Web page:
# A nice electrostatics problem -- Find the E-field for these 2 charged planes

ermia
Homework Statement:
Two infinite conducting plane are a distance 2a away and parrarel. We have constant potentials on the planes. In ##0<x<a## we have charge with density ##\rho## and in ##a<x<2a## with density ##2\rho##. We want to findelectric feild and potential everywhere. And to find the charge density in boundaries.
Relevant Equations:
$$\nabla .E=\frac{ \rho}{\epsilon }$$
$$E=- \nabla V$$
$$Eup -Edown = \sigma / \epsilon$$
I have wrote all feilds and potentials and I want to find the constants.
My first question is " when we say in the a<x<2a the potential is V(x)" then the potential in the a is V(a) or V(0) ( cause it is 0 in our new area) ?
Second one is " when I want to write the gausses law for the point x=a I find two feilds. Does that mean I have another surface charge in x=a?"

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Homework Helper
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Potentials are relative to some arbitrary zero. A common convention is to take it as zero at infinity, but that doesn’t work when you an infinite sheet of charge that isn't tending to zero at infinity. Take the potential as zero at x=0.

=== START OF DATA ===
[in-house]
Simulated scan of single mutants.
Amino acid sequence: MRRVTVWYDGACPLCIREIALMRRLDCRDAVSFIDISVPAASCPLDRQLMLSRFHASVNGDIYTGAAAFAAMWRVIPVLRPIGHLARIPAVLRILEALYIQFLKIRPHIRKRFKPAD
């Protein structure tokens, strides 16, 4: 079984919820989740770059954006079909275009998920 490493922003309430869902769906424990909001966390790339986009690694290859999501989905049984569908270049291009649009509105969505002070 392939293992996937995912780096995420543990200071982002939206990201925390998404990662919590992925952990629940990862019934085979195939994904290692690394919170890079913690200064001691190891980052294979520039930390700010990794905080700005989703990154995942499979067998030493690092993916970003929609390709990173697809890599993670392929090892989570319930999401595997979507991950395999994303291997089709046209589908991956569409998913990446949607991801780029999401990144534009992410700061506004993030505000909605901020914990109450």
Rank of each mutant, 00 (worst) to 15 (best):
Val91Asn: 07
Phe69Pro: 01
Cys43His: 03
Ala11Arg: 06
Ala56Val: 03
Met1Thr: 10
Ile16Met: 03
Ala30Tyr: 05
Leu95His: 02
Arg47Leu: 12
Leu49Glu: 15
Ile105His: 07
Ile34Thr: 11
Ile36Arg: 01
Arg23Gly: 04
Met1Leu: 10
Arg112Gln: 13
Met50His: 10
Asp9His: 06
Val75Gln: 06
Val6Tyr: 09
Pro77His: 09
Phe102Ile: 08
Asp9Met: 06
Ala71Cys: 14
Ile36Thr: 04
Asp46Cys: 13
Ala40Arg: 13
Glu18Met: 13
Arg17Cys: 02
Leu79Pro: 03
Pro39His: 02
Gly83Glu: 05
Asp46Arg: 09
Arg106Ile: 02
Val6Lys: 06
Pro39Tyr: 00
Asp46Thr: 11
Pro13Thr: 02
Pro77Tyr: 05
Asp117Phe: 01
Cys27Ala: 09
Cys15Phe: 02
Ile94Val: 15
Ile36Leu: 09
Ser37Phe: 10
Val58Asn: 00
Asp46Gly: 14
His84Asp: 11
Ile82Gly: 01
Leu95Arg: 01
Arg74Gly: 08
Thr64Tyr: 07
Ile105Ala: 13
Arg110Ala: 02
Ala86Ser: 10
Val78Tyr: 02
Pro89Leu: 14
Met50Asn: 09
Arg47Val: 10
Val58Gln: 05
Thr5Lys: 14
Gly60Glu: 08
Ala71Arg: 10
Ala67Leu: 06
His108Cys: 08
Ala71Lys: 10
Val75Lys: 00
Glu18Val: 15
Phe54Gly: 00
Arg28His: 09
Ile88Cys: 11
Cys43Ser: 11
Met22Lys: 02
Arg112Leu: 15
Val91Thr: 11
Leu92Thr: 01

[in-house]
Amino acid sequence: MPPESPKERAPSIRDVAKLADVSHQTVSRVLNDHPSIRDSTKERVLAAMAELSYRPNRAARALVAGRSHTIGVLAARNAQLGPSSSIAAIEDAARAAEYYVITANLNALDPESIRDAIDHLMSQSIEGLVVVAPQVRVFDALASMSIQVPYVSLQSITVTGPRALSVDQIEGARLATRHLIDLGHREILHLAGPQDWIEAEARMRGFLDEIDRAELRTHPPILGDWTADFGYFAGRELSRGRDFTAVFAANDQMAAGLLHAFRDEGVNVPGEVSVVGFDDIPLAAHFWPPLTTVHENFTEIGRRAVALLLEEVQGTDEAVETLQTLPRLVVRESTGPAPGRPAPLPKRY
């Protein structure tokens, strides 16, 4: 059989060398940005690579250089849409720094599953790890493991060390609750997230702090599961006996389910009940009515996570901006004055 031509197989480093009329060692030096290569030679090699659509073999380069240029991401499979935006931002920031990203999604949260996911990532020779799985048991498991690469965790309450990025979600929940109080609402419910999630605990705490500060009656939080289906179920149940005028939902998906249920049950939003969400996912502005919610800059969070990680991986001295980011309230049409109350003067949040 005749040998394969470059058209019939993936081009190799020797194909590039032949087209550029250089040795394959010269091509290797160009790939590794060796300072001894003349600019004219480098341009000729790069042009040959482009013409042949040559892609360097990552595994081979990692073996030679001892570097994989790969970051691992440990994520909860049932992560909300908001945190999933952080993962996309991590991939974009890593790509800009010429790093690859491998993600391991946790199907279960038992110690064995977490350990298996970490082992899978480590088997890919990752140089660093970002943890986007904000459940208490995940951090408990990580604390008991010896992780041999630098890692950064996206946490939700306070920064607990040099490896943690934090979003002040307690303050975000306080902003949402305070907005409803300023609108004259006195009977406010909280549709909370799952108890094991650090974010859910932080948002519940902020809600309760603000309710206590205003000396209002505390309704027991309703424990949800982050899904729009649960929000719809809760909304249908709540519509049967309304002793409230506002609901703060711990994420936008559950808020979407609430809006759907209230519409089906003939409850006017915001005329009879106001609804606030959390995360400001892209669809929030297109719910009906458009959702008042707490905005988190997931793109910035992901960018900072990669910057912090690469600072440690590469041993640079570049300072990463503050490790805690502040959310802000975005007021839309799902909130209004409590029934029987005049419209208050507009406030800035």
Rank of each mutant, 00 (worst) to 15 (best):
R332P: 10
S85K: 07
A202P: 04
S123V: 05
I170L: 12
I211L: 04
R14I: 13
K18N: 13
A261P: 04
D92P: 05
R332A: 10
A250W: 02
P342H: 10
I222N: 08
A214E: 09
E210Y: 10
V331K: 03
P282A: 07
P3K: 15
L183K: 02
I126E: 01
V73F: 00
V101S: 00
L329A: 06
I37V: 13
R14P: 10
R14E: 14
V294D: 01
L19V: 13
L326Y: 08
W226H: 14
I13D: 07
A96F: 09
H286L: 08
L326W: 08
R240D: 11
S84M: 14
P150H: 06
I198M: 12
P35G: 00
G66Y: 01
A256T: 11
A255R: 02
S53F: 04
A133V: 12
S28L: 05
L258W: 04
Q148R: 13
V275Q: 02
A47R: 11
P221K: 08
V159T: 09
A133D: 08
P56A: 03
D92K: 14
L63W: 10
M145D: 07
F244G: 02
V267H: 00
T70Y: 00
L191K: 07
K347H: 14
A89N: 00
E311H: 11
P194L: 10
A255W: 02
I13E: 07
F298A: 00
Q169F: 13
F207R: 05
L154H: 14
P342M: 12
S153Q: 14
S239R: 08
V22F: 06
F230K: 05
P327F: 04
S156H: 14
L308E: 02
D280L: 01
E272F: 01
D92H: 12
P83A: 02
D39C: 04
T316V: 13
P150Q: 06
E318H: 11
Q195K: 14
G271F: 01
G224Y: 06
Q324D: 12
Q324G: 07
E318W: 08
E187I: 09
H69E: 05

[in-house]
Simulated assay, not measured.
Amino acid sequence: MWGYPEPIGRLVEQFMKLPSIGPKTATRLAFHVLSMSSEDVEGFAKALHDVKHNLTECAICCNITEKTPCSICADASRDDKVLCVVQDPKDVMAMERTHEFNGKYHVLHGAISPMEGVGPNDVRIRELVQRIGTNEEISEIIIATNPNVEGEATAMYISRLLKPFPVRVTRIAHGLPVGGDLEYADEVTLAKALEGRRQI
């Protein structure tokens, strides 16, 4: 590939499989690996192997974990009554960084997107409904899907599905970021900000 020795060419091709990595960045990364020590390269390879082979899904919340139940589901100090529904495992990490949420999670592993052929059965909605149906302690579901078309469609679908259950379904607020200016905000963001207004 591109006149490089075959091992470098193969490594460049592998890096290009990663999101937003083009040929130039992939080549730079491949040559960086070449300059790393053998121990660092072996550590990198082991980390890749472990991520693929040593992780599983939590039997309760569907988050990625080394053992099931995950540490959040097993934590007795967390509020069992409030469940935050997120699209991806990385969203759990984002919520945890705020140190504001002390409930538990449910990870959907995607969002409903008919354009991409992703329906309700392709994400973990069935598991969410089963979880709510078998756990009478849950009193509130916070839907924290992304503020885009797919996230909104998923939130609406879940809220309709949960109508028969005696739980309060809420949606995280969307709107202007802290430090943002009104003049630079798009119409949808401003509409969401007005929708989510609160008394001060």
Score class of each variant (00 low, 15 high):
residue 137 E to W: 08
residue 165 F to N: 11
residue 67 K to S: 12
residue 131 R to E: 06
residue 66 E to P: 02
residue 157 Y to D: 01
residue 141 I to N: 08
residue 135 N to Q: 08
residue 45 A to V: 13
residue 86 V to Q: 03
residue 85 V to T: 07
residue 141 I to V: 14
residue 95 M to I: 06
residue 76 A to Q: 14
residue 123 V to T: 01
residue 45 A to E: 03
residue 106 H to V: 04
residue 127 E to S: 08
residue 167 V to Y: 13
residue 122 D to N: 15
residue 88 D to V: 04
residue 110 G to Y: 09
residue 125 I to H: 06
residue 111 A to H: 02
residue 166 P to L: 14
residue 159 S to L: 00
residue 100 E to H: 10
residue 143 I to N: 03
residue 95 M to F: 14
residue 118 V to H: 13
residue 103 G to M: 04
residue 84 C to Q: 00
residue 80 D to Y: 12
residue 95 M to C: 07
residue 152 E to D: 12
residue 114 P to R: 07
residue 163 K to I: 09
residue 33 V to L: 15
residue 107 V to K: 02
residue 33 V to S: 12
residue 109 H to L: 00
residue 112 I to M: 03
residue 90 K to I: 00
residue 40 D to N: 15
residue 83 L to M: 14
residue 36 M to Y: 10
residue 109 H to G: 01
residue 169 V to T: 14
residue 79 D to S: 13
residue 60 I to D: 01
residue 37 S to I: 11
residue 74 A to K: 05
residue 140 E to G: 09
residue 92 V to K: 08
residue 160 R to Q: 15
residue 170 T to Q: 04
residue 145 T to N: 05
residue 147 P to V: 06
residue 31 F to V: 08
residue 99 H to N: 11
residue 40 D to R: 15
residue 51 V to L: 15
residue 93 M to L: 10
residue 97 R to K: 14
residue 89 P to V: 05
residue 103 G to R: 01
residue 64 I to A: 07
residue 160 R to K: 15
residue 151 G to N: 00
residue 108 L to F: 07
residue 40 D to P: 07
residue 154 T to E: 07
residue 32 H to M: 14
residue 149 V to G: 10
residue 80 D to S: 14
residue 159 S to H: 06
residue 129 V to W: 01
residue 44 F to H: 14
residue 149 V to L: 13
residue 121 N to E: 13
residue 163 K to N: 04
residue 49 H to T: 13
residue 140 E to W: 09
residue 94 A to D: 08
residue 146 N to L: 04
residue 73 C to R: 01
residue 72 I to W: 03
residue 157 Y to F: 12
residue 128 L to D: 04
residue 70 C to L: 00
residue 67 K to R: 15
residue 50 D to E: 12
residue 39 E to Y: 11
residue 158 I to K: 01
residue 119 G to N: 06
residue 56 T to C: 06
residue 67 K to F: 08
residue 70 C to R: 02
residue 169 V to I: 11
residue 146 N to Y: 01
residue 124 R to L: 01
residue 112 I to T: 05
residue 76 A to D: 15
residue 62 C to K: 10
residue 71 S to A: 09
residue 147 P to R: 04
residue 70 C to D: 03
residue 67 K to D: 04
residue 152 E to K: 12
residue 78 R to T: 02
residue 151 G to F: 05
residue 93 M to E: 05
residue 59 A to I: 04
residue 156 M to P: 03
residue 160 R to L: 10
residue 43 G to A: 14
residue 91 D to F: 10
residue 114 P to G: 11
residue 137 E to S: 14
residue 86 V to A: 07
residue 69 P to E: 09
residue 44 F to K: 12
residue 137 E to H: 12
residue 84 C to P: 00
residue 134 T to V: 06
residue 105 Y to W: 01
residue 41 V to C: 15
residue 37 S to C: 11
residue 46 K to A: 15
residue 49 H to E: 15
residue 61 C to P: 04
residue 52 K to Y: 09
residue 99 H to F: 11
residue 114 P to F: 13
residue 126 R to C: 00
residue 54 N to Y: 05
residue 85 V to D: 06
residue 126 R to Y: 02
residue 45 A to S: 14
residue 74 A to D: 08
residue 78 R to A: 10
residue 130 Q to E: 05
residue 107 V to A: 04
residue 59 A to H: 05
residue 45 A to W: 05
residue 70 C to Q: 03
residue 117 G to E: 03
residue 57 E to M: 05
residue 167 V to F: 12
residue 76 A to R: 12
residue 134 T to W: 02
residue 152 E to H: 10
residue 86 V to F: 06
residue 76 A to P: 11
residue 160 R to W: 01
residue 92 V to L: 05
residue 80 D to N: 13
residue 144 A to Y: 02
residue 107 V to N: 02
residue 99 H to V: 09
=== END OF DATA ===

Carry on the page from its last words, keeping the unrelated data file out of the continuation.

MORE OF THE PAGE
The potential at any other point can then be found by integrating the field from x=0 to the point. Note that it is necessarily continuous.

There is no surface charge at x=a in the problem.

Shreya
ermia
Once I wrote gausses law for the left and write part seperately. I found two different feilds in x=a.
One is ##\frac{ \rho a} {\epsilon }## the other is ## \frac{2 \rho a}{ \epsilon }## thus we can conclude that we have a surface charge in x=a. Where am I wrong?

Homework Helper
Gold Member
Once I wrote gausses law for the left and write part seperately. I found two different feilds in x=a.
One is ##\frac{ \rho a} {\epsilon }## the other is ## \frac{2 \rho a}{ \epsilon }## thus we can conclude that we have a surface charge in x=a. Where am I wrong?
You can be wrong in many places. Most likely, you applied Gauss's law incorrectly. Please post your solution showing a clear picture (a) of the Gaussian surfaces that you used and (b) the equations that you wrote based on Gauss's law. Then we can perhaps figure out where you went wrong. We cannot reverse engineer your mistake from your answers.

$$\sigma_{left }= 5 \rho a$$
$$\sigma_{right} = 6 \rho a$$